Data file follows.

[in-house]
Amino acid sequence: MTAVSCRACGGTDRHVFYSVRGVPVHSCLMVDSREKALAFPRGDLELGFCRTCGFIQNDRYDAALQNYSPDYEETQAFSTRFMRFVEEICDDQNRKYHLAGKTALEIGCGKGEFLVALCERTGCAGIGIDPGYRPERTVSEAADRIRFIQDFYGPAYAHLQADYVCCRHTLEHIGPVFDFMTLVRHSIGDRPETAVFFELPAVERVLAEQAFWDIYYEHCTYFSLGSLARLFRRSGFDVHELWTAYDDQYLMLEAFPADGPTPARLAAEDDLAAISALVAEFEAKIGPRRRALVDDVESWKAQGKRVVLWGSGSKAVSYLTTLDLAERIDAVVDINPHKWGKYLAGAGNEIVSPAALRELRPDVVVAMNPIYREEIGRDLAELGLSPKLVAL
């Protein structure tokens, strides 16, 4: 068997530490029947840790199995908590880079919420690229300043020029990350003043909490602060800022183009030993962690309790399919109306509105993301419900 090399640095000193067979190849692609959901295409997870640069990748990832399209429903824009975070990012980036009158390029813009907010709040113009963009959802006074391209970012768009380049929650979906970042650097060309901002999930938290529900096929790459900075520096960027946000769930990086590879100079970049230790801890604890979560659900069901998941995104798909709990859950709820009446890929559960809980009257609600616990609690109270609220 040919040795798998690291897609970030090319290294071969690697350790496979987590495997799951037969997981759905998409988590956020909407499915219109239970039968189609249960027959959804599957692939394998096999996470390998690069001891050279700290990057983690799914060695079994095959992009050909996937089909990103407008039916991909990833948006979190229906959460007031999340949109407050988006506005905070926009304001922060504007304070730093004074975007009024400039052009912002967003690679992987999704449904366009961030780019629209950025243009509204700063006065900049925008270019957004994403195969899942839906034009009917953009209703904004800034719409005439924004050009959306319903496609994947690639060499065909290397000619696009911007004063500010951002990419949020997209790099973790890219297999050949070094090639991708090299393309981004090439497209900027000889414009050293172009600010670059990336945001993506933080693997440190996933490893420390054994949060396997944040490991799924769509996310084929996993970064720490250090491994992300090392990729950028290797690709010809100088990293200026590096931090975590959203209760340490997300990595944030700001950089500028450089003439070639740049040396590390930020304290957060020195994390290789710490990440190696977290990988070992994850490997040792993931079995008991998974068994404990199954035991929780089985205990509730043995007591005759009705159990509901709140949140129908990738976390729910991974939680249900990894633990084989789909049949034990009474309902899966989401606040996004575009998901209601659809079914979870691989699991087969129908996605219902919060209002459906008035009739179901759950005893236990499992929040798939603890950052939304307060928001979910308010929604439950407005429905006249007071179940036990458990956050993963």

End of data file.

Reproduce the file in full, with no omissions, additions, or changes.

[in-house]
Amino acid sequence: MTAVSCRACGGTDRHVFYSVRGVPVHSCLMVDSREKALAFPRGDLELGFCRTCGFIQNDRYDAALQNYSPDYEETQAFSTRFMRFVEEICDDQNRKYHLAGKTALEIGCGKGEFLVALCERTGCAGIGIDPGYRPERTVSEAADRIRFIQDFYGPAYAHLQADYVCCRHTLEHIGPVFDFMTLVRHSIGDRPETAVFFELPAVERVLAEQAFWDIYYEHCTYFSLGSLARLFRRSGFDVHELWTAYDDQYLMLEAFPADGPTPARLAAEDDLAAISALVAEFEAKIGPRRRALVDDVESWKAQGKRVVLWGSGSKAVSYLTTLDLAERIDAVVDINPHKWGKYLAGAGNEIVSPAALRELRPDVVVAMNPIYREEIGRDLAELGLSPKLVAL
């Protein structure tokens, strides 16, 4: 068997530490029947840790199995908590880079919420690229300043020029990350003043909490602060800022183009030993962690309790399919109306509105993301419900 090399640095000193067979190849692609959901295409997870640069990748990832399209429903824009975070990012980036009158390029813009907010709040113009963009959802006074391209970012768009380049929650979906970042650097060309901002999930938290529900096929790459900075520096960027946000769930990086590879100079970049230790801890604890979560659900069901998941995104798909709990859950709820009446890929559960809980009257609600616990609690109270609220 040919040795798998690291897609970030090319290294071969690697350790496979987590495997799951037969997981759905998409988590956020909407499915219109239970039968189609249960027959959804599957692939394998096999996470390998690069001891050279700290990057983690799914060695079994095959992009050909996937089909990103407008039916991909990833948006979190229906959460007031999340949109407050988006506005905070926009304001922060504007304070730093004074975007009024400039052009912002967003690679992987999704449904366009961030780019629209950025243009509204700063006065900049925008270019957004994403195969899942839906034009009917953009209703904004800034719409005439924004050009959306319903496609994947690639060499065909290397000619696009911007004063500010951002990419949020997209790099973790890219297999050949070094090639991708090299393309981004090439497209900027000889414009050293172009600010670059990336945001993506933080693997440190996933490893420390054994949060396997944040490991799924769509996310084929996993970064720490250090491994992300090392990729950028290797690709010809100088990293200026590096931090975590959203209760340490997300990595944030700001950089500028450089003439070639740049040396590390930020304290957060020195994390290789710490990440190696977290990988070992994850490997040792993931079995008991998974068994404990199954035991929780089985205990509730043995007591005759009705159990509901709140949140129908990738976390729910991974939680249900990894633990084989789909049949034990009474309902899966989401606040996004575009998901209601659809079914979870691989699991087969129908996605219902919060209002459906008035009739179901759950005893236990499992929040798939603890950052939304307060928001979910308010929604439950407005429905006249007071179940036990458990956050993963």